We don't do the six weeks on and one off schedule. We don't do this so that we can take the month of December off (though in the future that may be an idea!). We do this because if we slack on our math then we forget it, if we don't take advantage of summer nature studies then we're pouty when it snows and we cannot get outside (OK, so we pout then anyhow), we do it so that things get remembered and we don't have to review.
We begin our "new" school year at the beginning of each September. We stagger our text learning so that it doesn't all begin right away. By early to mid spring we've completed all of our health studies, done 90% of our other texts, and we haven't "done" school five days a week all school year long. Most weeks we do have five days of school but some weeks we don't. If we need a day off we take it, if we aren't feeling well it's not an issue, and we don't burn out.
So, just what does our summer schedule consist of?
Math, reading, and writing. That's pretty much it. I don't demand x amount to be read in y amount of time because for us that just wouldn't work. But they all must read (or work on some form of phonics/sight words/etc) a minimum of half an hour a day. Math is the same, you have to do something with math each day. Writing comes a few times a week during the summer time. Nature study simply happens. Physical education dominates our time in the form of swimming, playing, and nature walks. I don't sit down and write out lesson plans or say that we're schooling from 9 AM until noon each day. We simply set the guidelines and make sure each item gets checked off.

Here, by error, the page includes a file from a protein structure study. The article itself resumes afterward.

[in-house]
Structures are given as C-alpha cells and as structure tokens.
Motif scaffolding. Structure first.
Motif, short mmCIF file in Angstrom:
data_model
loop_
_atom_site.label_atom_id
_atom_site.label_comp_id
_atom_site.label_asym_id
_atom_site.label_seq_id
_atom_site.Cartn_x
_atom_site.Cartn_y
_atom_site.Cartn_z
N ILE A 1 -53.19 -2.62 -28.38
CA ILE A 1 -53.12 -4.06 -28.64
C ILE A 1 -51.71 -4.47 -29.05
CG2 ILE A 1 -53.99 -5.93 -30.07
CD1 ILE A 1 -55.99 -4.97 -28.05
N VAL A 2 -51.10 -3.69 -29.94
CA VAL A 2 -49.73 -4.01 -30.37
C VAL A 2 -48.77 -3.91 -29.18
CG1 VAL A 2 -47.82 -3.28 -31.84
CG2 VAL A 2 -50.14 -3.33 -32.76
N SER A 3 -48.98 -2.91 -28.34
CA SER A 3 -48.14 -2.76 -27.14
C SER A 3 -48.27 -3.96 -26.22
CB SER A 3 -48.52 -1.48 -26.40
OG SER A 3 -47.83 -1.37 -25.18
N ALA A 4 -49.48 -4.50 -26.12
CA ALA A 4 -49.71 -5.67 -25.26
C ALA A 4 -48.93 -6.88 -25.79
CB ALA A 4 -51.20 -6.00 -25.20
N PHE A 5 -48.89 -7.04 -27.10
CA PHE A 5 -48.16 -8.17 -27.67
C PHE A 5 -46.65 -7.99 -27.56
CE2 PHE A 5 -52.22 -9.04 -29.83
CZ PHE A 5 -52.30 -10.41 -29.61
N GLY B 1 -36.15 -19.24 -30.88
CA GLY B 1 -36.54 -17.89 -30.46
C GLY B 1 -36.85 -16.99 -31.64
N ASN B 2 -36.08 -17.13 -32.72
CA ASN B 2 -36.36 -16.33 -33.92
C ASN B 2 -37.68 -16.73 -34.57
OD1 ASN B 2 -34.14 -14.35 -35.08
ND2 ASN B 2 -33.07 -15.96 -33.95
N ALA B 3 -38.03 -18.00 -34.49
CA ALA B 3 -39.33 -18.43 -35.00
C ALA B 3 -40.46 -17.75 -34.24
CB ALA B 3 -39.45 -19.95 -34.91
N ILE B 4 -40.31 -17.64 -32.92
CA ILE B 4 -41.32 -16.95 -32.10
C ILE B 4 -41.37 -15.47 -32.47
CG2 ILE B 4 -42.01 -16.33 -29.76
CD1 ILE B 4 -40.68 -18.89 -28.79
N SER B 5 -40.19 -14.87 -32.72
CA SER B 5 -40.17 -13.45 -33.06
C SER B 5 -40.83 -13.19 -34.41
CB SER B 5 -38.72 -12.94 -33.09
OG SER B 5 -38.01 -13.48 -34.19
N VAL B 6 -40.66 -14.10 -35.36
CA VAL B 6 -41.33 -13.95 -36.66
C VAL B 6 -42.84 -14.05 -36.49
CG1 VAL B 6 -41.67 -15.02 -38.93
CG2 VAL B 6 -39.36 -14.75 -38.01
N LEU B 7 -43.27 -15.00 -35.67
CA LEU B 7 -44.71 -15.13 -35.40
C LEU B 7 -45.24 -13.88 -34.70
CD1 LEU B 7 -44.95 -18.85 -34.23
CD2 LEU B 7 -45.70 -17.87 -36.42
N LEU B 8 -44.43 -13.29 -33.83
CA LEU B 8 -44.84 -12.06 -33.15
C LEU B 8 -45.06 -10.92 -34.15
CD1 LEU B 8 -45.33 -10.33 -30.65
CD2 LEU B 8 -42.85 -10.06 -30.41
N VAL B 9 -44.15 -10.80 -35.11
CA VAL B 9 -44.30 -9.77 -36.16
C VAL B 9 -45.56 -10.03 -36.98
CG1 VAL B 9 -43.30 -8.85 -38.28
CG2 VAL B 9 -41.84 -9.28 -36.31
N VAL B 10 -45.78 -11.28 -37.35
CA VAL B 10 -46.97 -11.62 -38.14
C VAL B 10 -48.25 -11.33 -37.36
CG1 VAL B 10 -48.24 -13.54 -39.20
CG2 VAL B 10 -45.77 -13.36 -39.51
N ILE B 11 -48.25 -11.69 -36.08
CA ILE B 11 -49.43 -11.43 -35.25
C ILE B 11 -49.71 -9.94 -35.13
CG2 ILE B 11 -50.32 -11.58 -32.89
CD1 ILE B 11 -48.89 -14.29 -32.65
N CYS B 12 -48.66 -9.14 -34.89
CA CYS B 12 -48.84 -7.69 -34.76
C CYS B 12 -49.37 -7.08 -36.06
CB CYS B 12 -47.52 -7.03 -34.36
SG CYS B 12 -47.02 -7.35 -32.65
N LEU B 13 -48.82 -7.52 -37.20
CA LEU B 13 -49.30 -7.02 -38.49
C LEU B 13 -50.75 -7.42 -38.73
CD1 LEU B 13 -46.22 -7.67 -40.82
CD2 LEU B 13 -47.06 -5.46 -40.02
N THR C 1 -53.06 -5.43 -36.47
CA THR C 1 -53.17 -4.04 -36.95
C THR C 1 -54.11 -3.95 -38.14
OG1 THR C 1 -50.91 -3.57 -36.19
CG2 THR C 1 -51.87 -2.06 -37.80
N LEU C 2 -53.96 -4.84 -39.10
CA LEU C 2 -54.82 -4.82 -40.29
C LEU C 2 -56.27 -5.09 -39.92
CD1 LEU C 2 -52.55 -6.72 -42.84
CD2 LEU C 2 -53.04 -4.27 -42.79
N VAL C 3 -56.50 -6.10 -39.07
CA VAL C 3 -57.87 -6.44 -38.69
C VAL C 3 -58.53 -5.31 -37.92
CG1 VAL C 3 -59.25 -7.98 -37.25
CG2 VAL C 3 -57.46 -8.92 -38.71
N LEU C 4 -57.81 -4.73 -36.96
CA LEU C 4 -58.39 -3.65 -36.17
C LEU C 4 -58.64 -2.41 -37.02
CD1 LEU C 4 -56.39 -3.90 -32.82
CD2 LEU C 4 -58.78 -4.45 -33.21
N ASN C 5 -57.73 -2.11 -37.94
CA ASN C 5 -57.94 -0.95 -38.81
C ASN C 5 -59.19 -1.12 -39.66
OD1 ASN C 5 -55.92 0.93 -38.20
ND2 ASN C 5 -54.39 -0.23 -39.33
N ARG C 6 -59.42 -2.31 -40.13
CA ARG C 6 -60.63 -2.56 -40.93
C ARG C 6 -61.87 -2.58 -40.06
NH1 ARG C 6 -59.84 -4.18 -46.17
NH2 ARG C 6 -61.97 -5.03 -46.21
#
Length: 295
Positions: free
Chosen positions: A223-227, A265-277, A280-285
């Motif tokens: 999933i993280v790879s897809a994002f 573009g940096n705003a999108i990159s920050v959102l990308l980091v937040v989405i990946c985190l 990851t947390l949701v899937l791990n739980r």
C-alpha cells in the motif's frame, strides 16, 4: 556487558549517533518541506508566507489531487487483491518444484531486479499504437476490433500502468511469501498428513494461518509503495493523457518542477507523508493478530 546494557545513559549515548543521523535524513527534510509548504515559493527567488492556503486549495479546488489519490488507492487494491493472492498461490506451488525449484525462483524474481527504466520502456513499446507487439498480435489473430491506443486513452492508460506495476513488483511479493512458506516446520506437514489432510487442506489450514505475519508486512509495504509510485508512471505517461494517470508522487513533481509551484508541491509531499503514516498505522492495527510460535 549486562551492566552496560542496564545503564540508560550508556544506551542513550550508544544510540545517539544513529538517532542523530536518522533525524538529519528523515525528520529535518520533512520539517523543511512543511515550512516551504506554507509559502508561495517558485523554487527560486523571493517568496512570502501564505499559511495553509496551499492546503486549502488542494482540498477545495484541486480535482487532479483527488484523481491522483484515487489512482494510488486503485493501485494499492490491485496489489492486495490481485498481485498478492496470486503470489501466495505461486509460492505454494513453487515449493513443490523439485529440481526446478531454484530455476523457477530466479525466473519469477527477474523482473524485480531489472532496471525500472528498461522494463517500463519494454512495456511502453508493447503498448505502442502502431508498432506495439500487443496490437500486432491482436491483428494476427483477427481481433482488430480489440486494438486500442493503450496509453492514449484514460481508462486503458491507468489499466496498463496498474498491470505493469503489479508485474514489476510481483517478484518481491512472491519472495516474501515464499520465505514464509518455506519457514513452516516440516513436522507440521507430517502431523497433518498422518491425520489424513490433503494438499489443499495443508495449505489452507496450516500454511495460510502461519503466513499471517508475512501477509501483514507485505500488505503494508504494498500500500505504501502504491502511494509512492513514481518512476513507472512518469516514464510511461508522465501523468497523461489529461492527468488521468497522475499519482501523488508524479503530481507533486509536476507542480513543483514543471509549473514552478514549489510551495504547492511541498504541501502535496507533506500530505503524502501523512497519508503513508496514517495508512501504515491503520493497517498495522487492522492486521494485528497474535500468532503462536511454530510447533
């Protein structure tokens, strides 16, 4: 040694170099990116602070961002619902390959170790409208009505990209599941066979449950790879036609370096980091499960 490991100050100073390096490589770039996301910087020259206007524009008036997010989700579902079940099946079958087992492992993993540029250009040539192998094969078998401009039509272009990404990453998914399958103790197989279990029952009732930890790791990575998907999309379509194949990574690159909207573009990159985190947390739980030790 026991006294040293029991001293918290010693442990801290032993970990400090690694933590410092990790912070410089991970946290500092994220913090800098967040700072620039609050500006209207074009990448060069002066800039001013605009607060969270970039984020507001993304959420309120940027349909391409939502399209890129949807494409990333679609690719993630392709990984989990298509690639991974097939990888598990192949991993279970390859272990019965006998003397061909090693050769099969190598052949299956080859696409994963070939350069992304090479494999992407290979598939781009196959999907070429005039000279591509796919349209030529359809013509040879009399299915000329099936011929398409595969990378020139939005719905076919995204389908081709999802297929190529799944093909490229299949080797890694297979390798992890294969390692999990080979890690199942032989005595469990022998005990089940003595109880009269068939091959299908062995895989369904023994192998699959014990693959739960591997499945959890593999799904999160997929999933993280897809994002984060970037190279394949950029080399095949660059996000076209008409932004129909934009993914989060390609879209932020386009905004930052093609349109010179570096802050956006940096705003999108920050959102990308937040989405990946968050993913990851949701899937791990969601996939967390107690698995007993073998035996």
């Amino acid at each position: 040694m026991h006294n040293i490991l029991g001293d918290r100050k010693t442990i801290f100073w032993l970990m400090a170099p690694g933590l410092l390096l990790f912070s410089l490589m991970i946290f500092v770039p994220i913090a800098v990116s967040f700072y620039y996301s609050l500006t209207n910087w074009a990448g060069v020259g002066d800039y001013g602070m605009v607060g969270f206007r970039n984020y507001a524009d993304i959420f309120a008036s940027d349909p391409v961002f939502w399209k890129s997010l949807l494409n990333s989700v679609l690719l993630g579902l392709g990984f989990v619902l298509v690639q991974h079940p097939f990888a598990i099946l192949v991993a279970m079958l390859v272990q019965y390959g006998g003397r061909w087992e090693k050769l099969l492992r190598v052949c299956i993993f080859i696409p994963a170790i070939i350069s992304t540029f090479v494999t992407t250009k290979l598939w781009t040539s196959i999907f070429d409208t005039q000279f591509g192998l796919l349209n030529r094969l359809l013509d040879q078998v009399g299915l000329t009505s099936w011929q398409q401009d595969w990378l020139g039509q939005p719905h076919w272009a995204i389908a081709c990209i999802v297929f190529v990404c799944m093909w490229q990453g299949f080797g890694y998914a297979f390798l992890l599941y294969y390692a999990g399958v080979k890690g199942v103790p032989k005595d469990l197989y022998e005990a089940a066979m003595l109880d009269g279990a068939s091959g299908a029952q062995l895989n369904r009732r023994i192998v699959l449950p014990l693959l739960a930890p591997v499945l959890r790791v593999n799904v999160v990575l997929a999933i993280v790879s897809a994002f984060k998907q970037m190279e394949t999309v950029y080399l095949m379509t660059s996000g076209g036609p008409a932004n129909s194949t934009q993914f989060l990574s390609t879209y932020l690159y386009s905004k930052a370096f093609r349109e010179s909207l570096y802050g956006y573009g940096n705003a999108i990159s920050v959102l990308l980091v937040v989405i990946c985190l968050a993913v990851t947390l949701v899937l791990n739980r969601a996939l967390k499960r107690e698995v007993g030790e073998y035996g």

Summer is the time we finish our religious education books that they receive in late spring from their catechism classes (meaning that they finally get to bring them home). We do at least one vacation Bible school during the summer, this summer they may attend two but it's the same program only two different churches, two different weeks, and one is during the day time while the other is in the evening.
We don't have any math or writing during vacation Bible school time. Reading is a constant no matter what is going on. We do tend to do our lessons in the afternoon rather than the morning as the afternoon's are often the hottest time of day and the campers and I are pretty fair skinned.
We set a date each fall to begin, usually within the first week of September. We assess where we're at in the spring and set an "official" end date. And then we spend our summers having fun and learning.
Special areas of interest this summer include Colonial times and medieval times (reading, no formal lessons). ECJ has a few weeks worth of work to finish up in his Apologia even after the "official" end of our school year. The children want to spend some time working on their swimming skills this summer. Musical instruments will twang and bleat I am sure. If something sparks our interest we may investigate it for an hour, a day, or a month. But, those main skills of reading, writing, and math continue each day so that when we begin our new grade levels we aren't spending several weeks reviewing what we've forgotten over the summer. Those first few chapters of those types of texts fly by and we're into the "meat" of the subject often by October when we begin adding our other texts.
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